In Lord of the Flies, where is the darkness on the island? For what is the darkness a metaphor?
Darkness in Lord of the Flies is found on the island in the forest. The darkness is a metaphor for the fear and uncertainty that the boys experience on the island as they imagine a beast. Further, darkness comes to represent the darkness of men's hearts, or evil that lies within human nature, a darkness that gradually manifests itself in the actions of several of the boys.
In Chapter Two the littl'uns imagine that they have seen something in the dark—"the beastie"—that turned into the vines lying in the trees. Then, in Chapter Five, the place of assembly is described as having the beach on two sides, the lagoon behind it, and "in front, the darkness of the island." This darkness that is before them literally foreshadows the evil which will emerge in the boys. The evil that is later manifested is the intimidation that Jack employs in order to control others, the theft of the fire, the beating to death of Simon, the slaying of Piggy, and the destructive hunt for Ralph.
In Chapter Eight, entitled "Gift for the Darkness," Simon encounters the Lord of the Flies, who tells him:
"You knew, didn't you? I'm part of you? Close, close, close! I'm the reason why it's no go? Why things are what they are?"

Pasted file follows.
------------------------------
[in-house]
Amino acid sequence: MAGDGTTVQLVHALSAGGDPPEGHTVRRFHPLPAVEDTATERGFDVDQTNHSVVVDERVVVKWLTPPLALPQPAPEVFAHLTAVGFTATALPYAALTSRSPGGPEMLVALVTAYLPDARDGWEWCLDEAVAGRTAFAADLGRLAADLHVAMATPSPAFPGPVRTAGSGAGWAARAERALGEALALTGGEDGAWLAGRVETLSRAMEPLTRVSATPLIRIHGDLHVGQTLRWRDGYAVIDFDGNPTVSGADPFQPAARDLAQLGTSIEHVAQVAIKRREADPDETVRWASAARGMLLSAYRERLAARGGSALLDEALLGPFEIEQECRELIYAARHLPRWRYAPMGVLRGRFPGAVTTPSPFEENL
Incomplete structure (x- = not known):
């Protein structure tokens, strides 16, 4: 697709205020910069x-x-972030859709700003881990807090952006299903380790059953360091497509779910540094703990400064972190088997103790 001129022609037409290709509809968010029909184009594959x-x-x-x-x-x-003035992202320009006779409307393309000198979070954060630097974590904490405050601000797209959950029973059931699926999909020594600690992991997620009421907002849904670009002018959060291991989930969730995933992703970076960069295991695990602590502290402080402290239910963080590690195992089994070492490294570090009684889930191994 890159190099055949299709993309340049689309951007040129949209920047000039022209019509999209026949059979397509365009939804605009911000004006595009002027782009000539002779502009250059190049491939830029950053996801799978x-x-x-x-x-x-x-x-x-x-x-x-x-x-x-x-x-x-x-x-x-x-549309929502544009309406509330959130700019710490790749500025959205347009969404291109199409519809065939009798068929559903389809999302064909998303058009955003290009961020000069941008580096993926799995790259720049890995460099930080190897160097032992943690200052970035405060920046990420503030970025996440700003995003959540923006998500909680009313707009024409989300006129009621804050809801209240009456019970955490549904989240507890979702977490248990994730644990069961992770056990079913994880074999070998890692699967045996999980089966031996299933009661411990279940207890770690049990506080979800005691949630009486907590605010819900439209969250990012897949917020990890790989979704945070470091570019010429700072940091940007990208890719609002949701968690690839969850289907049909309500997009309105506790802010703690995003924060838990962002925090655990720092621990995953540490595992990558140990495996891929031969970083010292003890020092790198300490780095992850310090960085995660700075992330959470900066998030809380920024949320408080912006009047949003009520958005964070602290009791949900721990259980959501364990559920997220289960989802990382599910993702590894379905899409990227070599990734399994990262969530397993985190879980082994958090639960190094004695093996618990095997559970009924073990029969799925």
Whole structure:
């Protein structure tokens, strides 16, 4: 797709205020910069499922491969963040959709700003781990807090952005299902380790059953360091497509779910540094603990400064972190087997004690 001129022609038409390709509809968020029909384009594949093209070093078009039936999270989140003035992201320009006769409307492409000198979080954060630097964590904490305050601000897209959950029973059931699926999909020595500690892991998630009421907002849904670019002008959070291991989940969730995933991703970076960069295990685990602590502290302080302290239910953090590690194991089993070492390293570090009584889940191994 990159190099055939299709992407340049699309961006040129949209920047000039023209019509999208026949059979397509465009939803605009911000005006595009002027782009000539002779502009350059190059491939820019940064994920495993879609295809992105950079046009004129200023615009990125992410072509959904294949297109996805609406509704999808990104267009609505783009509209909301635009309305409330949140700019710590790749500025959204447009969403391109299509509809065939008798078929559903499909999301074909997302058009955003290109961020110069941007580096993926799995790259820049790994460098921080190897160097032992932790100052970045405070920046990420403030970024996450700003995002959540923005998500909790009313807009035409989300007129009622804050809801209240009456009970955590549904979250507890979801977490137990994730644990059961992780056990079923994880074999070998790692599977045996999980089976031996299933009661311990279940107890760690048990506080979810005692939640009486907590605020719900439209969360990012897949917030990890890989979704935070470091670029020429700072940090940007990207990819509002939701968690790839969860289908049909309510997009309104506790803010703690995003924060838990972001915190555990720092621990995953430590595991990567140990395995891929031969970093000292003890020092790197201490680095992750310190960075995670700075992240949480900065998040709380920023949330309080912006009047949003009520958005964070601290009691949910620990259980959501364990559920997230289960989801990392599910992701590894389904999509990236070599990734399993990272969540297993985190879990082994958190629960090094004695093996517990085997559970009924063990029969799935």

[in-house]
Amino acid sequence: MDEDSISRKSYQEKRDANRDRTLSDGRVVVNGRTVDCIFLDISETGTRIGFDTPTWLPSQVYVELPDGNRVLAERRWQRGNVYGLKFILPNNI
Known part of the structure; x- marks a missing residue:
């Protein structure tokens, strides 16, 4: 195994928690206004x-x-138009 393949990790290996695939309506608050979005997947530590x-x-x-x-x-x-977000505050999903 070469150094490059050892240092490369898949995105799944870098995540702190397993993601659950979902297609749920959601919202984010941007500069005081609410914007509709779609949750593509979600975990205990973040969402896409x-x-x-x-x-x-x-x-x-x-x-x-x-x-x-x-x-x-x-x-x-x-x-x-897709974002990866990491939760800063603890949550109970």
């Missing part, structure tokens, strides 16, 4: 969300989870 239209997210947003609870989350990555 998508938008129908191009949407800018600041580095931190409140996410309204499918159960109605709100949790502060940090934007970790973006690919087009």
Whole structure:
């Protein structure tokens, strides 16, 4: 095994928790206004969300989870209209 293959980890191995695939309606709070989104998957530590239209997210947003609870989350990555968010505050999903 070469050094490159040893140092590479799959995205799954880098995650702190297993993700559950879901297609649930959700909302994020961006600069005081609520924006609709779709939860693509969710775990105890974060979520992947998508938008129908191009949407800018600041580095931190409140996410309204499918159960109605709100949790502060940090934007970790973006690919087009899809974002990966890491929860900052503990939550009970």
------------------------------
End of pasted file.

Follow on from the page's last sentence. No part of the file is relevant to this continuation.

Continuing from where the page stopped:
Further, the pig's head swarming with flies represents evil and corruption, and when the yawning mouth widens, "there was blackness within, a blackness that spread." This "blackness within . . . that spread" represents the evil that exists in man. Simon has looked inside the pig's mouth and recognized the "beast" that is on the island. Then, he tries to explain where the evil lies to the others, but he is killed.
Apart from the natural cycle of day and night, the other element of darkness is the interior of the island itself. It is a wild, jungle-like biotope and very aptly represents the more savage, instinctive side of man. Note that Jack and his hunting gang automatically gravitate towards it whereas the more "civilized" group of boys huddle together for security on the beach. The boys have a hard time finding a balance between these two extremes, and finally the wild, 'survival of the fittest' side wins out.
An interesting side note is that at one point Ralph takes refuge in the underbrush when the boys are hunting him out. In this case, the obscurity the dense foilage offers represents protection and temporary security in a hostile environment.
The final "darkness" on the island comes from the wildfire on the mountain. Ironically, it is the smoke from the fire which attracts the attention of a passing ship and is the reason why the boys were ultimately saved. Paradoxically, it represents both destruction and a means of escape. The boys' distress is finally recognized and they are literally saved from themselves.